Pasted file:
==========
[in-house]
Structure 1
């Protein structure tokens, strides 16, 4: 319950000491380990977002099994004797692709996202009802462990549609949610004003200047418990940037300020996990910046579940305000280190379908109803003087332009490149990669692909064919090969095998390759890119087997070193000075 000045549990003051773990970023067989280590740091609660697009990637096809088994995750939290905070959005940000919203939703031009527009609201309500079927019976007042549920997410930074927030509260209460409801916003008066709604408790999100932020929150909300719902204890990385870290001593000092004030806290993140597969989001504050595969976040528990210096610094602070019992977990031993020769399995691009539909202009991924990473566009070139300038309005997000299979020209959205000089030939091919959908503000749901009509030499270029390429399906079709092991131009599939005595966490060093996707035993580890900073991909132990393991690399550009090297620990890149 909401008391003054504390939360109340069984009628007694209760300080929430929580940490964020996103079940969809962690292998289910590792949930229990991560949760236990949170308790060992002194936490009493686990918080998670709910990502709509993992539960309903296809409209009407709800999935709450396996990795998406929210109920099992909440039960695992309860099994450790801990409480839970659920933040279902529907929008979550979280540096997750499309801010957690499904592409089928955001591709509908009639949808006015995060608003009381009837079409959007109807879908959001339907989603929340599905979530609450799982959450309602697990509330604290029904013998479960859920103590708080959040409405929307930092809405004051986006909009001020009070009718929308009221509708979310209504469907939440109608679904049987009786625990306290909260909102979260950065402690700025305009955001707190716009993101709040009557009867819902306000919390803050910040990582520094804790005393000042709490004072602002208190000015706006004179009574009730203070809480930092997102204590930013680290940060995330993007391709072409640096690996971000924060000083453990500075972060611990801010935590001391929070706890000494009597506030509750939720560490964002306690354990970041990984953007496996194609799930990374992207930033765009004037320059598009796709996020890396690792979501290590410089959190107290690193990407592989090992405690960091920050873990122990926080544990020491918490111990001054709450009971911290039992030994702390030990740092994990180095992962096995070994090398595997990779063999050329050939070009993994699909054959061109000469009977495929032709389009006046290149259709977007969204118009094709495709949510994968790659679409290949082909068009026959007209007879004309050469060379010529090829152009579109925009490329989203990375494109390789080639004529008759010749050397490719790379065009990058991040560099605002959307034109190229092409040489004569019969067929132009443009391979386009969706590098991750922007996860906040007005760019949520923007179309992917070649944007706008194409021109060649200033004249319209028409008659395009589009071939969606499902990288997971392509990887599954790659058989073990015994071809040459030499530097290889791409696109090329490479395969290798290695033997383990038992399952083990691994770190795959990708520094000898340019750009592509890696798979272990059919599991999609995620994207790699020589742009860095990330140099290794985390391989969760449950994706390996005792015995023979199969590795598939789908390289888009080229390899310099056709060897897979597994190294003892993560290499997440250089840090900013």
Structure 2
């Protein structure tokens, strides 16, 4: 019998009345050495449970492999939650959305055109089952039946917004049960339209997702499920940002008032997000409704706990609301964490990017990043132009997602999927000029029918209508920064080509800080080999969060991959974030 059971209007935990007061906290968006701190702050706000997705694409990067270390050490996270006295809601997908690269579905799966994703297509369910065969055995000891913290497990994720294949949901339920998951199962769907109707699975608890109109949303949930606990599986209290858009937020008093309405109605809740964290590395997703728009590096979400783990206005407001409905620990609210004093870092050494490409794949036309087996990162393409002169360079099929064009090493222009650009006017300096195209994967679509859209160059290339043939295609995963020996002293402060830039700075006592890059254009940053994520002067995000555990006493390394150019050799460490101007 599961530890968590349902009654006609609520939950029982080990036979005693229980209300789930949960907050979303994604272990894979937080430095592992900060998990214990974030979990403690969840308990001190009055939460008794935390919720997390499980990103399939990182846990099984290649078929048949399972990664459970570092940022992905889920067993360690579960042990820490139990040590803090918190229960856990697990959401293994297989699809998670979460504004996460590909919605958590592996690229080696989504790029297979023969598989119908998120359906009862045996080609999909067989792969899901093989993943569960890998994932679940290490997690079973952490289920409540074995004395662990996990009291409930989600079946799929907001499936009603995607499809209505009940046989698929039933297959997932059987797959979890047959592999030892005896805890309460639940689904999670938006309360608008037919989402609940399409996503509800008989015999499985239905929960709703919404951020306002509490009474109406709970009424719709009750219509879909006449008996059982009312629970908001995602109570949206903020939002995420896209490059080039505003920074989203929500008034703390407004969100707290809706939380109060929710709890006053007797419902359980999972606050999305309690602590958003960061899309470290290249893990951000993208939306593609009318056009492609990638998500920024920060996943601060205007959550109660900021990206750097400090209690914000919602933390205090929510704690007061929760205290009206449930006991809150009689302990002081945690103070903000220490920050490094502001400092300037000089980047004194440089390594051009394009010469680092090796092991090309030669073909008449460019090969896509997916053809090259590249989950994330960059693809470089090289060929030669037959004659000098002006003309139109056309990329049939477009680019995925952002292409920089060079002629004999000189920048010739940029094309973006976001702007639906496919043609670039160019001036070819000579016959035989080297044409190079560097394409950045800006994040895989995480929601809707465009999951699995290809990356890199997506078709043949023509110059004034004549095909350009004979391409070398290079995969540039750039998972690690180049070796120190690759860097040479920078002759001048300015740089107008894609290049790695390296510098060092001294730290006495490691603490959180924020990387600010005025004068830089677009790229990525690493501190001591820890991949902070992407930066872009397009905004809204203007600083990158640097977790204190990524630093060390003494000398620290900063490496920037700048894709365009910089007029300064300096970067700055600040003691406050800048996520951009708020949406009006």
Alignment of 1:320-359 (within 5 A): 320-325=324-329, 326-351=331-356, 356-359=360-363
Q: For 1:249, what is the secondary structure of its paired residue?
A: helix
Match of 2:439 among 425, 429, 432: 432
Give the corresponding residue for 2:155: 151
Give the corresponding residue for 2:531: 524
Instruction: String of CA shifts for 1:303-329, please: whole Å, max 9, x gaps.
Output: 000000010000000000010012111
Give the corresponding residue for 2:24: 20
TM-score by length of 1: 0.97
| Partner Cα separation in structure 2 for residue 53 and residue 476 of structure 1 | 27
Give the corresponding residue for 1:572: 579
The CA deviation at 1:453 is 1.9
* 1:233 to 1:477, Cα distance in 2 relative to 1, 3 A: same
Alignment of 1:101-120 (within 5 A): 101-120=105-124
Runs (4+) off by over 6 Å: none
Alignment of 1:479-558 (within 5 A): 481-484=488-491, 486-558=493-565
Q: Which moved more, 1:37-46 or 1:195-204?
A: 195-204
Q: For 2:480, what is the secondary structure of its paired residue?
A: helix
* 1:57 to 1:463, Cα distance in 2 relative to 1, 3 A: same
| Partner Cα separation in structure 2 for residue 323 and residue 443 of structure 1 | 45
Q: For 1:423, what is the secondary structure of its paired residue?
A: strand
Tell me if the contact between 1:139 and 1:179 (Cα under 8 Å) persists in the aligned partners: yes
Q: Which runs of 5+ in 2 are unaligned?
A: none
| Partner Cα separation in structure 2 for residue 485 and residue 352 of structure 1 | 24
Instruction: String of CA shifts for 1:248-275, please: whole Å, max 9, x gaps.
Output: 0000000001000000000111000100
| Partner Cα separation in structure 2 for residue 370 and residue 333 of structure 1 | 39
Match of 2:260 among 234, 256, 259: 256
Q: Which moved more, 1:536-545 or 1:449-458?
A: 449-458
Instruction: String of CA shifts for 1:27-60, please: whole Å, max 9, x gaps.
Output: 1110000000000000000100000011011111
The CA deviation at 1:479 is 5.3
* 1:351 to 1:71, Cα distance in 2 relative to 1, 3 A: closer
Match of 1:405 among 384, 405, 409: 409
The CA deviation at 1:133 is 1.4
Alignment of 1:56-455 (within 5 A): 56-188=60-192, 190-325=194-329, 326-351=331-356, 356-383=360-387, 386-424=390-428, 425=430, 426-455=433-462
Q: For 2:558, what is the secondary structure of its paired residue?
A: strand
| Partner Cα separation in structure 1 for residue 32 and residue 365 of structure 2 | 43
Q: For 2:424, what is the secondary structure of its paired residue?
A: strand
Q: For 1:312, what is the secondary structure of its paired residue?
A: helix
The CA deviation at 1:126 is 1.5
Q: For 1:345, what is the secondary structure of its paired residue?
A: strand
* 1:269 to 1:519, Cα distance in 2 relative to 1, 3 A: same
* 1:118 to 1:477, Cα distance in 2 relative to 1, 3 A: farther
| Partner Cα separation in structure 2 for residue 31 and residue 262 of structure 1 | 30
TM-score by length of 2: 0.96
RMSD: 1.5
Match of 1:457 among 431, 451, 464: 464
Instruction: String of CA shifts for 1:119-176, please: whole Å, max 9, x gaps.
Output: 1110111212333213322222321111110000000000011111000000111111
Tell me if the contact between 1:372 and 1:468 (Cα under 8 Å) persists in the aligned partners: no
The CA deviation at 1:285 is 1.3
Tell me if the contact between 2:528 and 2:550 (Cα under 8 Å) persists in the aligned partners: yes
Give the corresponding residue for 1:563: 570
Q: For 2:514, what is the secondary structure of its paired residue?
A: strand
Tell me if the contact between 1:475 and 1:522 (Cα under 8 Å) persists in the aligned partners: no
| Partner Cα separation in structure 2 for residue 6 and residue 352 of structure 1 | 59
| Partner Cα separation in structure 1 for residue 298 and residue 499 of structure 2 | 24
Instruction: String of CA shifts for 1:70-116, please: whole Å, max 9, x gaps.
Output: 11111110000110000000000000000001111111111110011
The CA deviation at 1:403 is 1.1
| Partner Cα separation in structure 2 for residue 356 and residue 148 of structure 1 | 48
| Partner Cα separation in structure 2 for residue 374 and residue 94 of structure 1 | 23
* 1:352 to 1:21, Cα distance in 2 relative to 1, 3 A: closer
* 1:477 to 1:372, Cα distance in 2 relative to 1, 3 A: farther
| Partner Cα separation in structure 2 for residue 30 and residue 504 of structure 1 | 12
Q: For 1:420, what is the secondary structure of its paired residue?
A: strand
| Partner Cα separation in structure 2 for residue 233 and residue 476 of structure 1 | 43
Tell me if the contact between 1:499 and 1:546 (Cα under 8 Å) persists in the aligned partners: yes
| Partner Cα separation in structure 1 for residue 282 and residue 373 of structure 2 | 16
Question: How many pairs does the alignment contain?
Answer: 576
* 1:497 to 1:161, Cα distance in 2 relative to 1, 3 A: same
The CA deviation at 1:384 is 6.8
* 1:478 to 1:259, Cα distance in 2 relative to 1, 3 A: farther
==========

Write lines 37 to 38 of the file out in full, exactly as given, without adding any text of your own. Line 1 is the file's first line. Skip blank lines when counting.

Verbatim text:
| Partner Cα separation in structure 2 for residue 370 and residue 333 of structure 1 | 39
Match of 2:260 among 234, 256, 259: 256